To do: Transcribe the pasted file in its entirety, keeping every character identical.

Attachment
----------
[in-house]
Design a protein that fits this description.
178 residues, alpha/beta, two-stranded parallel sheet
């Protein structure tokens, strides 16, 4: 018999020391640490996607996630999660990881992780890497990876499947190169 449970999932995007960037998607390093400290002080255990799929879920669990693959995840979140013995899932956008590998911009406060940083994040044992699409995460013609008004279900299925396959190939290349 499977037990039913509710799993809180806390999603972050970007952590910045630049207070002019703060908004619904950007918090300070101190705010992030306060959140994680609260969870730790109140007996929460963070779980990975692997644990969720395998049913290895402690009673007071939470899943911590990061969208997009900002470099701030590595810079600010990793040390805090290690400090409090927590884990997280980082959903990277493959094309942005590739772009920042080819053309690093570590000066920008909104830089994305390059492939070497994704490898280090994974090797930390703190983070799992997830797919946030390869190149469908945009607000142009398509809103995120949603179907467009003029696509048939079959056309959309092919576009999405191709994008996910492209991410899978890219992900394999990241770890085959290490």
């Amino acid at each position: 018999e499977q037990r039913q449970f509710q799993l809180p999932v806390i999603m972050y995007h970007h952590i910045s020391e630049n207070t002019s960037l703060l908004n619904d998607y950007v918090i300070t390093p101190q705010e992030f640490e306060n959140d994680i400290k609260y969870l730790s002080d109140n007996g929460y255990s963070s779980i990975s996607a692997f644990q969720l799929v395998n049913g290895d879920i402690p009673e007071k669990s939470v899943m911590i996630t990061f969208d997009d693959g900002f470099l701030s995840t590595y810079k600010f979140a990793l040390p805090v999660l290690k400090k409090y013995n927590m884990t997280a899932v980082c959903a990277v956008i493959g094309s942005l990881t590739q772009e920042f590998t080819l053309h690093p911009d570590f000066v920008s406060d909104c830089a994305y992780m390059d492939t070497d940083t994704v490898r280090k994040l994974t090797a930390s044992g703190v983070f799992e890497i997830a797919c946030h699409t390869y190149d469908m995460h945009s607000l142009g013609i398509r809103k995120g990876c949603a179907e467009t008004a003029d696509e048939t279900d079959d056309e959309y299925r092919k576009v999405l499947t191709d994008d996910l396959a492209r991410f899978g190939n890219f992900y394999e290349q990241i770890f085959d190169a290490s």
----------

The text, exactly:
[in-house]
Design a protein that fits this description.
178 residues, alpha/beta, two-stranded parallel sheet
């Protein structure tokens, strides 16, 4: 018999020391640490996607996630999660990881992780890497990876499947190169 449970999932995007960037998607390093400290002080255990799929879920669990693959995840979140013995899932956008590998911009406060940083994040044992699409995460013609008004279900299925396959190939290349 499977037990039913509710799993809180806390999603972050970007952590910045630049207070002019703060908004619904950007918090300070101190705010992030306060959140994680609260969870730790109140007996929460963070779980990975692997644990969720395998049913290895402690009673007071939470899943911590990061969208997009900002470099701030590595810079600010990793040390805090290690400090409090927590884990997280980082959903990277493959094309942005590739772009920042080819053309690093570590000066920008909104830089994305390059492939070497994704490898280090994974090797930390703190983070799992997830797919946030390869190149469908945009607000142009398509809103995120949603179907467009003029696509048939079959056309959309092919576009999405191709994008996910492209991410899978890219992900394999990241770890085959290490």
């Amino acid at each position: 018999e499977q037990r039913q449970f509710q799993l809180p999932v806390i999603m972050y995007h970007h952590i910045s020391e630049n207070t002019s960037l703060l908004n619904d998607y950007v918090i300070t390093p101190q705010e992030f640490e306060n959140d994680i400290k609260y969870l730790s002080d109140n007996g929460y255990s963070s779980i990975s996607a692997f644990q969720l799929v395998n049913g290895d879920i402690p009673e007071k669990s939470v899943m911590i996630t990061f969208d997009d693959g900002f470099l701030s995840t590595y810079k600010f979140a990793l040390p805090v999660l290690k400090k409090y013995n927590m884990t997280a899932v980082c959903a990277v956008i493959g094309s942005l990881t590739q772009e920042f590998t080819l053309h690093p911009d570590f000066v920008s406060d909104c830089a994305y992780m390059d492939t070497d940083t994704v490898r280090k994040l994974t090797a930390s044992g703190v983070f799992e890497i997830a797919c946030h699409t390869y190149d469908m995460h945009s607000l142009g013609i398509r809103k995120g990876c949603a179907e467009t008004a003029d696509e048939t279900d079959d056309e959309y299925r092919k576009v999405l499947t191709d994008d996910l396959a492209r991410f899978g190939n890219f992900y394999e290349q990241i770890f085959d190169a290490s």